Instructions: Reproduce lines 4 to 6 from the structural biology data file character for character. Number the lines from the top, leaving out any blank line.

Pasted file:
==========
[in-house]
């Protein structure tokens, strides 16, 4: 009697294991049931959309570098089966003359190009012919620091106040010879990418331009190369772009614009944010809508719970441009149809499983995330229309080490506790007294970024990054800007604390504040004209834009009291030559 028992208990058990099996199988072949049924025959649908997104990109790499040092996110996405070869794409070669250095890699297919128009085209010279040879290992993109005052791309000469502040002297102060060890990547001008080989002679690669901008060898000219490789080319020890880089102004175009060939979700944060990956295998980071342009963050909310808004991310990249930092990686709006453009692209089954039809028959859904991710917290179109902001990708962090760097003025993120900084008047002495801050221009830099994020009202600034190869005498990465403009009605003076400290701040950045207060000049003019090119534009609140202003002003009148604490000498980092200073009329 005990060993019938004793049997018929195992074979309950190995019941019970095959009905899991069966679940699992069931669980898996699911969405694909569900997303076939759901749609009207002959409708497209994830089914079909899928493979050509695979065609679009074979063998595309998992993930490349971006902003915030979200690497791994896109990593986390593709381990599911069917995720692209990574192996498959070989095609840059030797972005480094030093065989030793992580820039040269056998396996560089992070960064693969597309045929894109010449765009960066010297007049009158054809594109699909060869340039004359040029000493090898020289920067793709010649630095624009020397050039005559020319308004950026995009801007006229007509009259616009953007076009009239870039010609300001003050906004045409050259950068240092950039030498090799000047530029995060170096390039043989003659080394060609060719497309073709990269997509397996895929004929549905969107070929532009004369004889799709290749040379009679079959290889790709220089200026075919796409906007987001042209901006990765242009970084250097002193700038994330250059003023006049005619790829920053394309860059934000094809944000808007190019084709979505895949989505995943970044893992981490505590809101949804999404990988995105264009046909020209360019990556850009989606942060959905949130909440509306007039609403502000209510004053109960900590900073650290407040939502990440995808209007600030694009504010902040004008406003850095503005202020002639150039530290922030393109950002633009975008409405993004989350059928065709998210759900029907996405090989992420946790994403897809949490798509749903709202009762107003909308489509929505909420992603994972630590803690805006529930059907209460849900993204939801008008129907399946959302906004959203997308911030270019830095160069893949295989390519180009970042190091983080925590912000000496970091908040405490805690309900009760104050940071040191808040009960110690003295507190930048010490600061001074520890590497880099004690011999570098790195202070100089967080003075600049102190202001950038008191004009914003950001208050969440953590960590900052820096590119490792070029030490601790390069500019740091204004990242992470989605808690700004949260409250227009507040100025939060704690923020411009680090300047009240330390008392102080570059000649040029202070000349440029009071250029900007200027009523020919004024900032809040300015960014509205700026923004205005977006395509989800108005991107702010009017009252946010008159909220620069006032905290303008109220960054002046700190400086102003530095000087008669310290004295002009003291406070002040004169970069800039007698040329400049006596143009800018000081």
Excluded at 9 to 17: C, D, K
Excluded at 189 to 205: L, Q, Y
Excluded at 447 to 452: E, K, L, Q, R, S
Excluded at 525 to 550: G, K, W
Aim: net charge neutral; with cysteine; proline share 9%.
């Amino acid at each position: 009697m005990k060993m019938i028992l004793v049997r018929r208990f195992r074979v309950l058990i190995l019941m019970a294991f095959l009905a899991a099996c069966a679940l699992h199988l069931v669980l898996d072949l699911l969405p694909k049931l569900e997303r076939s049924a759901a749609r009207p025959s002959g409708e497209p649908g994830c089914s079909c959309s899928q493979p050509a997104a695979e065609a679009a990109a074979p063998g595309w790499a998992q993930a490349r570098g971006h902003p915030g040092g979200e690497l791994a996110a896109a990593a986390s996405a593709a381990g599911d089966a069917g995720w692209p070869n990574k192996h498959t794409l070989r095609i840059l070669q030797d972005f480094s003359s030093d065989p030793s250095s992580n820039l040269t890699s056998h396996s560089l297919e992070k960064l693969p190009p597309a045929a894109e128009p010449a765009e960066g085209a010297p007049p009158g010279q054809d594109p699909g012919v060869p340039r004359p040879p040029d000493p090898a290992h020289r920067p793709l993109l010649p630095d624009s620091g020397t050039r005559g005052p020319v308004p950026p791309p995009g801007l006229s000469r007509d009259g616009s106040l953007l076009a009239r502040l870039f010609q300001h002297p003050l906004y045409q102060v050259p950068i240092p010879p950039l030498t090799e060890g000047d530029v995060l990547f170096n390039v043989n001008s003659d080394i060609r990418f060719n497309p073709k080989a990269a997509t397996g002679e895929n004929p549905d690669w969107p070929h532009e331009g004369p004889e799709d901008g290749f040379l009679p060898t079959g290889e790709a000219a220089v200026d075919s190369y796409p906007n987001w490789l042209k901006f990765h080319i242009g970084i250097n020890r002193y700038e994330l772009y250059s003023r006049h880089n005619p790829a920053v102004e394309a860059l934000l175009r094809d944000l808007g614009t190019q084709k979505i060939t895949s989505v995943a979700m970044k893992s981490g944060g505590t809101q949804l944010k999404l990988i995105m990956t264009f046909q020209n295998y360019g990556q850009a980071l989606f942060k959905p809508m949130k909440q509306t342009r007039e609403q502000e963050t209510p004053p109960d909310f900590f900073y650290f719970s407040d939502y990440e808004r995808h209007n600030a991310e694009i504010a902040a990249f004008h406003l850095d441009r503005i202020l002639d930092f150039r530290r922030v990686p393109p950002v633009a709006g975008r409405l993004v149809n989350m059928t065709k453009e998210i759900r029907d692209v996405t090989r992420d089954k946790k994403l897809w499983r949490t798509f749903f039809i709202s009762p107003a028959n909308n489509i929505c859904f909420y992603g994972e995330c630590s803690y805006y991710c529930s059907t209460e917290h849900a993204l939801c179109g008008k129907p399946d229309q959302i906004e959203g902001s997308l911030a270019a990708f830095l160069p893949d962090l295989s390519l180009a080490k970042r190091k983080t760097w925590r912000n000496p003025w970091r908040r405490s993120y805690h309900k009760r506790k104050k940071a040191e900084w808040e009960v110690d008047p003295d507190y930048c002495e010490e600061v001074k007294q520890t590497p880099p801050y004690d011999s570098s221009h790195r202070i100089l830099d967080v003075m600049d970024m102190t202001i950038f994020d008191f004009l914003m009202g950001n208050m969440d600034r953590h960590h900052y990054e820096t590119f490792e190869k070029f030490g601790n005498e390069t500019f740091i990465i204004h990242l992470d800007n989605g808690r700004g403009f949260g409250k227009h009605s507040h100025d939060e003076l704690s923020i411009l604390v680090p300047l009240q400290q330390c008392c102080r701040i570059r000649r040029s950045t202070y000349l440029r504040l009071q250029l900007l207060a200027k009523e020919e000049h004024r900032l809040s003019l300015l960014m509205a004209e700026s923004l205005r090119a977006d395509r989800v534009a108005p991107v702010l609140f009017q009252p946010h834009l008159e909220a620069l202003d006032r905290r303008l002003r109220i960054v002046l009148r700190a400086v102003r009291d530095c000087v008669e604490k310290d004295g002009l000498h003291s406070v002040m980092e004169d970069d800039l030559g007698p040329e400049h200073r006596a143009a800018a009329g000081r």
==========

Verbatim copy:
Excluded at 189 to 205: L, Q, Y
Excluded at 447 to 452: E, K, L, Q, R, S
Excluded at 525 to 550: G, K, W